In 1857, Baron Louis Mathieu Edouard Berckmans of Lierre, Belgium, purchased Fruitlands, a 315-acre property, and the adjacent 50-acre Bedford Farm. A year later, Berckmans and his son, Prosper Julius Alphonse, an agronomist and horticulturist, formed Fruitland Nurseries and began importing plants from around the world. Prosper was soon the best-known horticulturist in the South.The nursery closed upon his death in 1910.
Retiring from competitive golf in 1930, Robert Tyre “Bobby” Jones, Jr. purchased the former nursery and converted it into a golf course. In 1931, the Augusta National Golf Club was formed, with Dr. Alister MacKenzie as its golf course architect. Prosper’s son, Louis Alphonse Berckmans, also assisted with the planting design and installation. One predominant shrub was planted at each hole, thus giving each hole its name (e.g. tea olive, pink dogwood, flowering peach). Many plants from the nursery remained, including azaleas that Prosper had popularized throughout the South. A grand row of magnolias, planted before the Civil War, led to the 1854 Redmond/Berckmans home, now used as the clubhouse. Privet hedges, developed from plants imported from France, are the original source of the thousands of hedges found throughout the South. A giant Wisteria sinensis is one of the first in the U.S.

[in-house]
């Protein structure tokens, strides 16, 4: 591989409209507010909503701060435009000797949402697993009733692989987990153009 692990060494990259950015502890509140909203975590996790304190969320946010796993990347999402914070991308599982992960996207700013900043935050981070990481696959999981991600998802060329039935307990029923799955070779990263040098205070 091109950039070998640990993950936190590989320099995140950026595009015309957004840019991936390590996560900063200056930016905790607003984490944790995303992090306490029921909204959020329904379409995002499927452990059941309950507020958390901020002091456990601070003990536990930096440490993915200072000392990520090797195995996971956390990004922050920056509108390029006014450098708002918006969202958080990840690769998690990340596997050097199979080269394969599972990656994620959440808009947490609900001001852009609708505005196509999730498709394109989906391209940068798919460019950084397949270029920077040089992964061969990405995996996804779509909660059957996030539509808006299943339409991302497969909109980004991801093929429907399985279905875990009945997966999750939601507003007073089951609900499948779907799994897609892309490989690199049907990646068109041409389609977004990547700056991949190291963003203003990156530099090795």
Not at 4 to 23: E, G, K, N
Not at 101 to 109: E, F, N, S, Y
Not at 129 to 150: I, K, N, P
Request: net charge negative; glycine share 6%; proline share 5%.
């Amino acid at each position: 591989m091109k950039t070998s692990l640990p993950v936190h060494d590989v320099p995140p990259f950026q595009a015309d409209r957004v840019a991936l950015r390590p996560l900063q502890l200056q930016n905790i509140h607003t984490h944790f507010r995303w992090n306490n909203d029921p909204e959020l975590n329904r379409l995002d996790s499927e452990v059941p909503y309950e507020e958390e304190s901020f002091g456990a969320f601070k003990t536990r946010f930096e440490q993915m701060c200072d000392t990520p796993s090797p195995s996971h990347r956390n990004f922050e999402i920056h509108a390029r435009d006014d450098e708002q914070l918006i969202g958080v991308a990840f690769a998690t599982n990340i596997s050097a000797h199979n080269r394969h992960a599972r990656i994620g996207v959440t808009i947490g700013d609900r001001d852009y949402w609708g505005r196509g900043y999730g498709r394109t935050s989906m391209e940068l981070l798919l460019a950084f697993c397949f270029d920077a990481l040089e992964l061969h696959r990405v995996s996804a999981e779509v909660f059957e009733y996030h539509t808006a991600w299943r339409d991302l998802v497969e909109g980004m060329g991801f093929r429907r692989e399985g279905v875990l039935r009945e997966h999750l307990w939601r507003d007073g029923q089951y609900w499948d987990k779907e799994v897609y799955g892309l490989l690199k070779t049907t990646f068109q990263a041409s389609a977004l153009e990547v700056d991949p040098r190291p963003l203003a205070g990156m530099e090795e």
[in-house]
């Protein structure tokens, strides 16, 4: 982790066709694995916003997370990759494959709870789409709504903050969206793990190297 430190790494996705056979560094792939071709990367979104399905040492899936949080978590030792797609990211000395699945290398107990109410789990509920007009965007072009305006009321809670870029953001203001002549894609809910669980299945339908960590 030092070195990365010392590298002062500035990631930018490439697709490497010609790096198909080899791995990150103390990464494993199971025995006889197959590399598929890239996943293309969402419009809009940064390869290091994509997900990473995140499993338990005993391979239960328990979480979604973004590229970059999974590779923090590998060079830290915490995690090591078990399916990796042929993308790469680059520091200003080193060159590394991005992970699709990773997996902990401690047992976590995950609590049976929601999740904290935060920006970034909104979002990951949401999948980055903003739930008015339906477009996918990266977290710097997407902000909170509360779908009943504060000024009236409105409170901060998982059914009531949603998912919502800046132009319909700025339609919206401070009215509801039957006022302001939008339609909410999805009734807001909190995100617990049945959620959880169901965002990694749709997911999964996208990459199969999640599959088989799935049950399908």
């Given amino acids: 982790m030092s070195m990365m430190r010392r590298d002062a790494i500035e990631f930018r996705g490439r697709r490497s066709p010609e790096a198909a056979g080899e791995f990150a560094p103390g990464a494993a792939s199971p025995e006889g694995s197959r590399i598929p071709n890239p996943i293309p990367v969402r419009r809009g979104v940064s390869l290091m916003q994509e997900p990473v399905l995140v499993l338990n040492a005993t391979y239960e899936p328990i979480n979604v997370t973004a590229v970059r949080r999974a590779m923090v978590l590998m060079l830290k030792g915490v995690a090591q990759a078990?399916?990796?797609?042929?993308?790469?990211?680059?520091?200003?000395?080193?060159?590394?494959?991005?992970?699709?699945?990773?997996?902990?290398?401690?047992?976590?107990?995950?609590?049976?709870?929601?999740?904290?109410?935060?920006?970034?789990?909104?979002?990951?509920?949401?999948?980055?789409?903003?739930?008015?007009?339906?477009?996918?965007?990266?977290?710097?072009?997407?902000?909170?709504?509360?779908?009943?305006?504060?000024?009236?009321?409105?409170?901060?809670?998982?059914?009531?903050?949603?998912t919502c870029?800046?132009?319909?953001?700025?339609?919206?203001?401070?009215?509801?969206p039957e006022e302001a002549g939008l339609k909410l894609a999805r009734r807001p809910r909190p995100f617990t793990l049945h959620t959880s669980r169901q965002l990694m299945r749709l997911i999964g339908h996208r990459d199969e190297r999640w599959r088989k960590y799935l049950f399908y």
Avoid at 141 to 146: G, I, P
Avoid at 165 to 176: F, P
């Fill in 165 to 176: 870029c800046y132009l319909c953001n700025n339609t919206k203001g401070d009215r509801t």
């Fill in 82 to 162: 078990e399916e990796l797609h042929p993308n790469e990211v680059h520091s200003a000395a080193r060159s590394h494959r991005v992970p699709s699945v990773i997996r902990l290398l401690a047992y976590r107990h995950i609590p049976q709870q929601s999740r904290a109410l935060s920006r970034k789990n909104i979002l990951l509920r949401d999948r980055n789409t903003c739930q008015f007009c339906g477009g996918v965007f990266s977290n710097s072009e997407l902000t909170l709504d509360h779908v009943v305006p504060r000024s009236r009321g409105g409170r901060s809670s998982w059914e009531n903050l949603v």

The course opened in 1932 and held its first tournament in 1934. Since then, the course has seen substantial changes, adapted to the longer drives and playing abilities of top professionals and amateurs. However, the signature plantings remain intact.